Friday, June 7, 2013


While I was gone on vacation, I understand there were some exciting times. On one Tuesday there were 35 knot gusts and sailing Pair a Dice had only 2 people sailing the boat. Thank God they were excellent sailors. On the same night Tres Santos blew out their main sail. I really appreciate the dedication people are showing to our Catalina Tuesdays.

The night of June 4 showed consistent winds between 13 and 18 knots from the northwest, with no hint of an Easterly filling in. I had reservations for Johnnies for all of us at 7:45, so we couldn't use a long course and chose course 3, with a 6:10 start time. With Homer's suggestions and talking to at least one other boat owner, it is apparent that many of the boats are operating without timing devices. We have decided to implement a horn system similar to the horn system used in normal racing along with a count down on the radio, so everyone will know the time of the start. We will perfect this with time, but the intention is to give one short (2 second) blast on the horn (with count down over vhf channel 69) at 5 minutes, 4 minutes and at the start. There will be a long blast (4second) at one minute before the start. This will be an immense help to boats without GPS or time pieces.

Once course 3 was decided and agreed upon, we decided on a 6:10 start time with the 27 given a 1.5 minute head start. Since I had Fred Molnar (an excellent sailor) on board, I put him on the helm. We somehow ended up on a Port tack at the start ahead of everyone else. We sailed for a few minutes on port tack and Fred called for a tack over to the outside. I noticed that every time we got into a consistent header, Fred called for a tack. We rounded Wharf just ahead of Aeolian, then it was the long slog to Blacks with Aeolian hot on our tail. We finally rounded Blacks just ahead of Aeolian and continued to the finish for another win.

At Johnnies after the race, Dave, who was on the 27 asked me point blank: "why did you tack outside? Everyone always stays inside as long as is possible." I referred him to Fred who was on the helm. As an aside, Dave is also an excellent sailor, he was fordeck on Moorgasm, which took fourth in the nationals last weekend in the Moore 24 nationals (congratulations!!!). This regatta was a very competitive 31 boats fighting it out. In short, THIS is what I appreciate about our Catalina Tuesdays. What other venue is available for people to go out, compete, then discuss tactics afterwards: What a learning opportunity! Discussing tactics after the race with top notch knowledgable sailors, and the price of admission? being there!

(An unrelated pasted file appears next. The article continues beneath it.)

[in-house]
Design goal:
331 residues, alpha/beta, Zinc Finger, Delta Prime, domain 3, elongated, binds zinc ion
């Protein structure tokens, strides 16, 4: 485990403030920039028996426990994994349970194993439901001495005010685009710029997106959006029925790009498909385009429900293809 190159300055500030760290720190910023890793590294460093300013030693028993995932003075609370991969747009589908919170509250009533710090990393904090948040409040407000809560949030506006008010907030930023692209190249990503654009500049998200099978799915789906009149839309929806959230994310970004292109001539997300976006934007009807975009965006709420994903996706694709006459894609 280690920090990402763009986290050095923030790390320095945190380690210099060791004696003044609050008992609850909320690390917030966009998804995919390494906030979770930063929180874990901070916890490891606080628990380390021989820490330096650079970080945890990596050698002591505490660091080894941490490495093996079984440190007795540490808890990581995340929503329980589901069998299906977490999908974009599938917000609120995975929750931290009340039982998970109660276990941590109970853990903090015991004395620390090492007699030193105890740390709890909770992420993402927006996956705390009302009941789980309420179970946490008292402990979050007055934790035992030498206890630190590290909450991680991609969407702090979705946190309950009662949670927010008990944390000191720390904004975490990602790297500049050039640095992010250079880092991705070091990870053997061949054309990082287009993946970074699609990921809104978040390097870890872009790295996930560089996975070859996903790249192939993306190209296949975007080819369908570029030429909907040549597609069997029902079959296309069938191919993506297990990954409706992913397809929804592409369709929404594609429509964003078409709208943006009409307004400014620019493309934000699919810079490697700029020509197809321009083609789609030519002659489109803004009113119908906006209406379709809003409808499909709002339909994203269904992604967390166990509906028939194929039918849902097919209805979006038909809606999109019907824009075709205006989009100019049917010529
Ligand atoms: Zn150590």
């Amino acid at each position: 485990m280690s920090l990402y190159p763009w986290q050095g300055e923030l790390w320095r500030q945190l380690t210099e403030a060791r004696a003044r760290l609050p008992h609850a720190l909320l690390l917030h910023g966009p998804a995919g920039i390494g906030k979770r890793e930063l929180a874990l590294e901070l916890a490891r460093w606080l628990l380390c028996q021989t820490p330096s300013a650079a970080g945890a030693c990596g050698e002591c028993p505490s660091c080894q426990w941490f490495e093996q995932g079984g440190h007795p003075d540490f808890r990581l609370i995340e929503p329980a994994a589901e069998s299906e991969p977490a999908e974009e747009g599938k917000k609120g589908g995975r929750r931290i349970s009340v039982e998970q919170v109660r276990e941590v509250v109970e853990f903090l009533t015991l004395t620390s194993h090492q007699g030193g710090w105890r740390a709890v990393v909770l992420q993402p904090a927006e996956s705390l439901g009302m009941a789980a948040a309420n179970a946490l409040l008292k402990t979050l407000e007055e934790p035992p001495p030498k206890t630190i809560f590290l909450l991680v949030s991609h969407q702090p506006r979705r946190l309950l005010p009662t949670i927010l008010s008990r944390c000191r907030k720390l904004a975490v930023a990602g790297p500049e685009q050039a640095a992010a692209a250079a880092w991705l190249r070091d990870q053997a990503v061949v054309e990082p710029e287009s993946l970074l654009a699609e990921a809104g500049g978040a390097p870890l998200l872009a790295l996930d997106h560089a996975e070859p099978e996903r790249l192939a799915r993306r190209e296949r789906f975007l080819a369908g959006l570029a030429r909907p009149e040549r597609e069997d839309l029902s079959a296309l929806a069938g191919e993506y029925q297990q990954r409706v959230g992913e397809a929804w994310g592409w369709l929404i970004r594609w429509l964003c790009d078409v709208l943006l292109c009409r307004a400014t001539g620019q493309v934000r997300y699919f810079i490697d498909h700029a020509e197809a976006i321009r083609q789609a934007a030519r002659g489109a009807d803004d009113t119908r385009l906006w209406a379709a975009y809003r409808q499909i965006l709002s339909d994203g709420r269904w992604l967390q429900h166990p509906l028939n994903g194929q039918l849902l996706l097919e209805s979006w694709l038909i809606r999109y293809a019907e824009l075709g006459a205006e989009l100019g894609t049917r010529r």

The real world of sailboat racing;

Ultimately, everyone moves from the casual racing style we so enjoy on Tuesday nights and endeavors to compete in a real regatta, put on by the yacht club. This is not such a huge leap, but you do need to know the flag system used. After spending this last weekend on the committee boat for the Moore 24 nationals and Santa Cruz 27 nationals, I acquired a little knowledge on the flags used in racing. The sequence goes like this. At five minutes before the race, there will be a horn blast and the class flag goes up. This flag designates what class will be racing: delta (D), Foxtrot (F) etc. These classes are all designated in the Sailing Instructions (SI's) for the race. You need to know what the FLag that represents your class looks like. When it is raised, your class is in sequence. By this time, there should be a course flag designated. Courses are layed out in the SI's and are designated by number flags: course 1, 2...etc. At 4 minutes before the start, the P flag goes up on the committee boat, with a short blast on the horn. At 1 minute to the start, the P flag comes down with a long (4 second) horn. At the start, there is a horn. Believe it or not, with a few races under your belt, all of this becomes second nature.

See you next Tuesday.

Barry L Keeler





1 comment:

  1. I just want to comment that though Pacific Spirit missed sailing on June 4th due to maintenance work, we beat the fleet by a healthy margin on May 30th. We took the lead at the start and headed outside as the wind was dying inside. The rest of the fleet got hung up at wharf, while we had already rounded and were well on our way to mile. We rounded Blacks and headed back to the start well ahead of the fleet. The truly unusual thing about this was that our usual helmsman, Jeff Thayer, not at the wheel, being laid up with a back injury. Instead, I was at the helm, and I do not consider myself a great driver; but we had a good start, lucked out with the wind, and were able to keep her moving. Needless to say, our crew really enjoyed the race!